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Internal Security and Counterintelligence Application of the Critical—Path Method to Evaluate Insider Risks

Internal Security and Counterintelligence Application of the CriticalPath Method to Evaluate Insider Risks

Eric Shaw and Laura Sellers

Governments and institutions of many kinds have faced the danger of hostile acts by insiders from time immemorial. In the case of the US government, such hostile acts have included betrayals by employees who supplied secrets to hostile powers, committed sabotage, and fatally attacked fellow employees. After each of these events investigators produced reports which, in 20/20 hindsight, assessed the damage and demonstrated that warnings of risks had been missed. These case-based, “One should have seen the writing on the wall” exercises often produce increased awareness and some revisions in policies and prac­tices in screening, adjudication, and risk assessment. But when these cases are reviewed in depth, it becomes clear that a lack of appreciation exists for the factors that increase the risk that insiders will undertake hostile acts against their organizations.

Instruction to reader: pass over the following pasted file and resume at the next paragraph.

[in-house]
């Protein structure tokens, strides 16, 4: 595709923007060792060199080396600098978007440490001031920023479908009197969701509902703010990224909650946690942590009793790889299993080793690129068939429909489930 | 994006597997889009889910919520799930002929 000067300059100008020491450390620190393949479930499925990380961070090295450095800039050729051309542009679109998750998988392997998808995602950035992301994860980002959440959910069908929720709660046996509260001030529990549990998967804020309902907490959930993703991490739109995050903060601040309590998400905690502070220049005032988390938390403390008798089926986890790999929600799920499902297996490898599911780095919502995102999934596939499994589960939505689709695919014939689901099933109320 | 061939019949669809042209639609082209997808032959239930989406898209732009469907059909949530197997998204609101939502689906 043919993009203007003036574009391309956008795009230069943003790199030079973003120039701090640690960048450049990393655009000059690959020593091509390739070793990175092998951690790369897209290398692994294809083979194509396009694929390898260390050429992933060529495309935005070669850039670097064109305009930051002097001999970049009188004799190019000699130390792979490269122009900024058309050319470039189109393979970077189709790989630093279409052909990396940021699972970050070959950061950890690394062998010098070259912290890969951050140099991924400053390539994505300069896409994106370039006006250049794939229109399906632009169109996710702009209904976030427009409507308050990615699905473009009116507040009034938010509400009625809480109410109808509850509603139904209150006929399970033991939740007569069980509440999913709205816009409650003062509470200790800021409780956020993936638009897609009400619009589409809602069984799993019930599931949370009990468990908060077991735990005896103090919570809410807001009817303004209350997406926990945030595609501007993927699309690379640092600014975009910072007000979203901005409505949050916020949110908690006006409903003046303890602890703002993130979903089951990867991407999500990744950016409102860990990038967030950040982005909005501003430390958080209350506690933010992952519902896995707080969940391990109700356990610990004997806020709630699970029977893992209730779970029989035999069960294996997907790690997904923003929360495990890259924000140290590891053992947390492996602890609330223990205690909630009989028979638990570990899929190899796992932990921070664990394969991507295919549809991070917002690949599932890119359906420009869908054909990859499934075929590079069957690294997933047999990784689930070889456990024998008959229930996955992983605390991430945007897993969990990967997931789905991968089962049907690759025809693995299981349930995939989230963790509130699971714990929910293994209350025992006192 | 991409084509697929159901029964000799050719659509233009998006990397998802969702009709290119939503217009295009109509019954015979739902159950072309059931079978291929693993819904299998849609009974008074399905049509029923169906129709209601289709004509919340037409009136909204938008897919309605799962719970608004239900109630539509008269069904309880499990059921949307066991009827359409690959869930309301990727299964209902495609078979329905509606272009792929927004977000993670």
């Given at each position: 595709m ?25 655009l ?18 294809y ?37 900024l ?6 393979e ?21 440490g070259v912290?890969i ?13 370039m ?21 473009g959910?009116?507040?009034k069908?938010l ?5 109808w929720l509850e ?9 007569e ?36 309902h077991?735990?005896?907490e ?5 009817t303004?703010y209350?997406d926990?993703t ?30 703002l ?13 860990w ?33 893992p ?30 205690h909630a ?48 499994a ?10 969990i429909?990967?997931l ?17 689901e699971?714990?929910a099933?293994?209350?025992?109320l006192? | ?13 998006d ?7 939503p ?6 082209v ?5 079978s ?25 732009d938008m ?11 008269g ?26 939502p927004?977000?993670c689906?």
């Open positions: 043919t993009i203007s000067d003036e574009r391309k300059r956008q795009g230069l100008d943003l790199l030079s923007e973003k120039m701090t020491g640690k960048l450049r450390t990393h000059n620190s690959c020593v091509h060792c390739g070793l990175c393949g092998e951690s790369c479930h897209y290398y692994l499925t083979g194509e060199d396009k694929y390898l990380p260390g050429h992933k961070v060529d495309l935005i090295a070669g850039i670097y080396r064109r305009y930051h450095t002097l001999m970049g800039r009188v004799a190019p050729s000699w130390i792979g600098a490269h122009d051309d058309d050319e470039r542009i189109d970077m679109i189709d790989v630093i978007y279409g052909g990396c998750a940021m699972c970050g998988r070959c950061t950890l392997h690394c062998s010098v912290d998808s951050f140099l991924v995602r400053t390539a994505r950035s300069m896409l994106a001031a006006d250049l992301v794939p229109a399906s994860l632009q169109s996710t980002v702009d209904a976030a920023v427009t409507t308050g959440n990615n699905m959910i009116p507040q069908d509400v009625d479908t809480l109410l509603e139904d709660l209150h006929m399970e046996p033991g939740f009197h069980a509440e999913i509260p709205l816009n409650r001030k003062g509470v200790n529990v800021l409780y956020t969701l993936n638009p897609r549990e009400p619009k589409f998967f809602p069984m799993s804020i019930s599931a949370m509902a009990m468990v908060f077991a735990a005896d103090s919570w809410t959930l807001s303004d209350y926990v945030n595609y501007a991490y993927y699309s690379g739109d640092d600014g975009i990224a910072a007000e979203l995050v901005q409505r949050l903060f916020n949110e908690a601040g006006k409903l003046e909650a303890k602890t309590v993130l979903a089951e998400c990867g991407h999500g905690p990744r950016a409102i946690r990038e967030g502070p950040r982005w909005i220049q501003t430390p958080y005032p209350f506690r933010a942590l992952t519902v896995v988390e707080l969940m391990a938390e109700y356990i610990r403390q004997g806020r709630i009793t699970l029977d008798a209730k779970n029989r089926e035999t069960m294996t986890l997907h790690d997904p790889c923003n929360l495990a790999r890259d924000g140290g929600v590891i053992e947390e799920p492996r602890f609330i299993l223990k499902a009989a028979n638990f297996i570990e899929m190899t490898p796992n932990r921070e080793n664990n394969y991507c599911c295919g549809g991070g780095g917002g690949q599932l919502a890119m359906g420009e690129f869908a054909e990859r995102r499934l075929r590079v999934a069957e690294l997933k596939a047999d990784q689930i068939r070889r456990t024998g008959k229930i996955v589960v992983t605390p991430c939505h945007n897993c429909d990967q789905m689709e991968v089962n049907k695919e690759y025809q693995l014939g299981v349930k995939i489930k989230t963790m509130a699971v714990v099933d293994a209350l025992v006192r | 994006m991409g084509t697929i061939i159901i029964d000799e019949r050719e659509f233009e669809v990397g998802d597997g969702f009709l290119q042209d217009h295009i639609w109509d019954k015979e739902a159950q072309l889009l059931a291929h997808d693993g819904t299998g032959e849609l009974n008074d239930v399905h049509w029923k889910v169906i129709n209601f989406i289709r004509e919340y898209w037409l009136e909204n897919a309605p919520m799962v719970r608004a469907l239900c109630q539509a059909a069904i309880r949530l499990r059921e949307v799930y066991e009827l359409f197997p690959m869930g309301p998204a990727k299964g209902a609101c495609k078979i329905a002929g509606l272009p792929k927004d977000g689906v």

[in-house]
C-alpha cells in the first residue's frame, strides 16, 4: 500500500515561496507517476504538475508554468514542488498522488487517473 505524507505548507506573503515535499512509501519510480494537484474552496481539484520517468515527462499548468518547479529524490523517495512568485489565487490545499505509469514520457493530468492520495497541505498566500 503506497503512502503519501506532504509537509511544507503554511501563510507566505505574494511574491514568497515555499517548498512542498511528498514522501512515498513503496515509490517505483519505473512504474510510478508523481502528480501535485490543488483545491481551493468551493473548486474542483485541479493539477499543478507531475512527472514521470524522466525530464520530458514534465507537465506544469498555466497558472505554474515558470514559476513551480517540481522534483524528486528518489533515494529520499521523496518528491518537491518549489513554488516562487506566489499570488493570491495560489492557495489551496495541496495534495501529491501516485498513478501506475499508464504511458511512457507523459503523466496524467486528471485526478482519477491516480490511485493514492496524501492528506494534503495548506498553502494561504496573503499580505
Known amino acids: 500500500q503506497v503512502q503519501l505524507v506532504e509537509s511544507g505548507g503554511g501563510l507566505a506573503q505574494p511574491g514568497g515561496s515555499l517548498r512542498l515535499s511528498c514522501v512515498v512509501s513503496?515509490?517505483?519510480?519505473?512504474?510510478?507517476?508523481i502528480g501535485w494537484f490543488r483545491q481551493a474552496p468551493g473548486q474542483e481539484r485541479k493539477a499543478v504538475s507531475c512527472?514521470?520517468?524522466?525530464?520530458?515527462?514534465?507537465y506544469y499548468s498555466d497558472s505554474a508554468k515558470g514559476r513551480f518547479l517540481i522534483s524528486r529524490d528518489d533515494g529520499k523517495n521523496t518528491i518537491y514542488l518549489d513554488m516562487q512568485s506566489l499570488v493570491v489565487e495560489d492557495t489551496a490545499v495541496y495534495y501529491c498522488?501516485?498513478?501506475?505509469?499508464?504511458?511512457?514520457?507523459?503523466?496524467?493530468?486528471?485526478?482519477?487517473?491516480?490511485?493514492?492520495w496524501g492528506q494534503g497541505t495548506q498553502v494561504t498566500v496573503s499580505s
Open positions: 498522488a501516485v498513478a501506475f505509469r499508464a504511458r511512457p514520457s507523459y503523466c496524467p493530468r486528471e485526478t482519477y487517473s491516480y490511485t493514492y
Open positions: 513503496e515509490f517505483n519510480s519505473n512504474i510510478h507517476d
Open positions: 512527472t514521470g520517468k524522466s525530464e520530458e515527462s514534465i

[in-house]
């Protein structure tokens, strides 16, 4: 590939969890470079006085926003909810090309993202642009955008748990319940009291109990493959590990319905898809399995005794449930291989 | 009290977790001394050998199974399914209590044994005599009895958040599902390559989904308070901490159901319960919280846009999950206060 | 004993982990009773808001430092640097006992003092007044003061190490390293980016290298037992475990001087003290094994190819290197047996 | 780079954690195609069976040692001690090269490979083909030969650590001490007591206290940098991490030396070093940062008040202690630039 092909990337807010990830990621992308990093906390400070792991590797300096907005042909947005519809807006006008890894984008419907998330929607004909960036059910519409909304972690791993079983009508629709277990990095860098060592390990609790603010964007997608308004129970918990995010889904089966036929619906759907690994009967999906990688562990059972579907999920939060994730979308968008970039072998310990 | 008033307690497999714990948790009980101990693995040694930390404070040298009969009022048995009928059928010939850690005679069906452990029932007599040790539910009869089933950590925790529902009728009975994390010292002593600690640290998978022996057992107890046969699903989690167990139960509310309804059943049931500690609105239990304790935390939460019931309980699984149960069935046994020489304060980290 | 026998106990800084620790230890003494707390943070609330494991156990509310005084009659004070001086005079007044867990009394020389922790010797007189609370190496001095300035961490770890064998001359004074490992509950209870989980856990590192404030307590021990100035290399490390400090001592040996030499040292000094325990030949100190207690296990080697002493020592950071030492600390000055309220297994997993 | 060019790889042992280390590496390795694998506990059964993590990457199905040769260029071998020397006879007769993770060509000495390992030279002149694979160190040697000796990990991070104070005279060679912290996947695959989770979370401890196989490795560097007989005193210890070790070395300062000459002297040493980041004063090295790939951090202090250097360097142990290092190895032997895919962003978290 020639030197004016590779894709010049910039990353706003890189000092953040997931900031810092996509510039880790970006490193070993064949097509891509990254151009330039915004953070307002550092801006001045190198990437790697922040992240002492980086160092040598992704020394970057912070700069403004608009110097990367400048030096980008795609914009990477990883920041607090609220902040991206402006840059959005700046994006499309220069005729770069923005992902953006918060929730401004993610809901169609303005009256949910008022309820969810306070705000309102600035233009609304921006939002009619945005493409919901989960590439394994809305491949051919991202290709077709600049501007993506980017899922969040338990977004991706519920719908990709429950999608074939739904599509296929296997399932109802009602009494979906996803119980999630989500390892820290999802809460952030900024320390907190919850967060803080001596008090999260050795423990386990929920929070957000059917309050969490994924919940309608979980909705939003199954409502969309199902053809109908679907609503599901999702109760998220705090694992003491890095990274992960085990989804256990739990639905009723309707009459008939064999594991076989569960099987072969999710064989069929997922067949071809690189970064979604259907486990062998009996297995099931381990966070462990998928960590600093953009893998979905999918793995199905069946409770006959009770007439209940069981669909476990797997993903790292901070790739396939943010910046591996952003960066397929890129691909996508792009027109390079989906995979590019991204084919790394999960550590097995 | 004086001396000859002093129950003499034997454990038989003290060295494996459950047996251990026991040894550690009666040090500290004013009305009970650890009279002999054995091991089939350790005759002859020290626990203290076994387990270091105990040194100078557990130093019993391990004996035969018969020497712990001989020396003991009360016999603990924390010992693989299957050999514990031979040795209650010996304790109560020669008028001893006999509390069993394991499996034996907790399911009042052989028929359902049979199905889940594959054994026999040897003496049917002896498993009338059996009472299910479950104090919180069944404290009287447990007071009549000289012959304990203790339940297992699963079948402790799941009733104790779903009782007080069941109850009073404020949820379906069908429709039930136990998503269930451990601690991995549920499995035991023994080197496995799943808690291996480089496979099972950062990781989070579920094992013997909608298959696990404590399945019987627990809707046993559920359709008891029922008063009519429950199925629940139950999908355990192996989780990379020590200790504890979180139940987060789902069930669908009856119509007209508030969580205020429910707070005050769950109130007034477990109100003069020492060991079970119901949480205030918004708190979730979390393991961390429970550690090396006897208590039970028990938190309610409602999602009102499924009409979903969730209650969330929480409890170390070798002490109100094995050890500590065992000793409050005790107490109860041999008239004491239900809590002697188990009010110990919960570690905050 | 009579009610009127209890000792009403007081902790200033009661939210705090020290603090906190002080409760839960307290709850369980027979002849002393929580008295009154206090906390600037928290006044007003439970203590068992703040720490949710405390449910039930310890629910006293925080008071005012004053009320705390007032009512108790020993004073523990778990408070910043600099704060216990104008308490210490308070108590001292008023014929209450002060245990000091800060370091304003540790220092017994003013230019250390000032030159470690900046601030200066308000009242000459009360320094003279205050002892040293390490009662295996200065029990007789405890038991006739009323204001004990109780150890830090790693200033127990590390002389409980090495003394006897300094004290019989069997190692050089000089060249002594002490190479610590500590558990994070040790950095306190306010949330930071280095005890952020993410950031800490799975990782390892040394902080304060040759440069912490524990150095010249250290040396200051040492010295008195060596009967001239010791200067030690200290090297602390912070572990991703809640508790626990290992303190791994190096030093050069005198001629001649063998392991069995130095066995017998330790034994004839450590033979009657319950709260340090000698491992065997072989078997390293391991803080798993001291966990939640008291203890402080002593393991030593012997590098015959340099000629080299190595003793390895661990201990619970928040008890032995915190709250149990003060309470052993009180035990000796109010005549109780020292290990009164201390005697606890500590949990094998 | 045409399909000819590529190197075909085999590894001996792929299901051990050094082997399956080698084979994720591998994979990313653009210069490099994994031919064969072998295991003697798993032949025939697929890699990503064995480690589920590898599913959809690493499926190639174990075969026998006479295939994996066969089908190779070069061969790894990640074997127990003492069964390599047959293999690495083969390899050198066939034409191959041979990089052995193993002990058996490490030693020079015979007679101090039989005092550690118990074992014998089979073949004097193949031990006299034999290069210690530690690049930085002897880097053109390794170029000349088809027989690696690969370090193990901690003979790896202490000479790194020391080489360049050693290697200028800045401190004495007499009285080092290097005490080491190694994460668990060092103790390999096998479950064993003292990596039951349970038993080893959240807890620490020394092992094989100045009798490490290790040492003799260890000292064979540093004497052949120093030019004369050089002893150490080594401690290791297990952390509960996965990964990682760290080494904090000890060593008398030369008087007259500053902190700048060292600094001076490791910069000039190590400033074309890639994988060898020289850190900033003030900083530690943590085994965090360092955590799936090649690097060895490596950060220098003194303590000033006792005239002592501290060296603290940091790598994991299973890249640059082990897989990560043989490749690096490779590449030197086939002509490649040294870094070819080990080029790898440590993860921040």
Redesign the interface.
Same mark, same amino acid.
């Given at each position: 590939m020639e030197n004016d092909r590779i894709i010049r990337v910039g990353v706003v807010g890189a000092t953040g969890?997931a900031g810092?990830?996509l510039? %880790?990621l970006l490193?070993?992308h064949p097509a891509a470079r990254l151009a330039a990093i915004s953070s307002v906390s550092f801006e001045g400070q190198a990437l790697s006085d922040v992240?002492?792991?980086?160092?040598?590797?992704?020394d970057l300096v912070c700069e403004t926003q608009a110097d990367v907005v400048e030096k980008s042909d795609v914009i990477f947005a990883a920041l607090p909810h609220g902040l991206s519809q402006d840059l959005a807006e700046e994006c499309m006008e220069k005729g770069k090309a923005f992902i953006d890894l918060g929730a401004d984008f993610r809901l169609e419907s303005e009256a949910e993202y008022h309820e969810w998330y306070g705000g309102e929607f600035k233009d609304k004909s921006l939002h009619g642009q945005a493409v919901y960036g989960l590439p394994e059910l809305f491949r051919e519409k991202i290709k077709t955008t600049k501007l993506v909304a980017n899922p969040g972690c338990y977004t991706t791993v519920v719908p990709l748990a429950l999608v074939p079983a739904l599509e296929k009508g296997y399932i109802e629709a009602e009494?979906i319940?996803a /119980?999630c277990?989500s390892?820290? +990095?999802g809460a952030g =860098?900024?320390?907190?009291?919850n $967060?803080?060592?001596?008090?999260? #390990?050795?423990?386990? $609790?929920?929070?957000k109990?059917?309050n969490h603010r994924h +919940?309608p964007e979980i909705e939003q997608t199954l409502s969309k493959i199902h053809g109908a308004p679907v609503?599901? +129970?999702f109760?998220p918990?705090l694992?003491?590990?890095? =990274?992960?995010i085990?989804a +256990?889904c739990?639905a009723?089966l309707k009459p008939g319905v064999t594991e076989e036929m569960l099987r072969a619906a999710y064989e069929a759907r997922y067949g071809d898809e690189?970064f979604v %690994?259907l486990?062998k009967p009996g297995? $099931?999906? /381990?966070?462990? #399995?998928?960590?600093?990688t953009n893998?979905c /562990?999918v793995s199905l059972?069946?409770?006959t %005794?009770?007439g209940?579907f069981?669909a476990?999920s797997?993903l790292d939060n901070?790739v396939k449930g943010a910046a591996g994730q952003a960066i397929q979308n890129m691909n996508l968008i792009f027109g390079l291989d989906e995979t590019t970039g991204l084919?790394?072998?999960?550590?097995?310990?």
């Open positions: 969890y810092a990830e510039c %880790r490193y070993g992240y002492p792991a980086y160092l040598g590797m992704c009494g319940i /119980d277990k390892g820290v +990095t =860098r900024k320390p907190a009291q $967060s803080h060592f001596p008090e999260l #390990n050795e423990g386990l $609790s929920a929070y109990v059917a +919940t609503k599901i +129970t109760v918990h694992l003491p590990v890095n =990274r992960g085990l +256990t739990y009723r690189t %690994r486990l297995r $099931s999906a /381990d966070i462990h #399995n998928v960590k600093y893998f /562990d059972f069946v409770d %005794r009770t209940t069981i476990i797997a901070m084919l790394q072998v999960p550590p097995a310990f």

Our purpose in this article is to draw on the most recent and comprehensive empirical studies of insider hostile acts—ranging from formal academic efforts to collections of in-depth case reports—to demonstrate that there exists a common set of factors and a similar pattern of individual and organizational be­havior across the many occurrences during recent years.

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All statements of fact, opinion, or analysis expressed in this journal are those of the authors. Nothing in any of the articles should be construed as asserting or implying US government endorsement of their factual statements and interpretations. Articles by non-US government employees are copyrighted.


Posted: Jul 10, 2015 11:30 AM
Last Updated: Jul 10, 2015 11:30 AM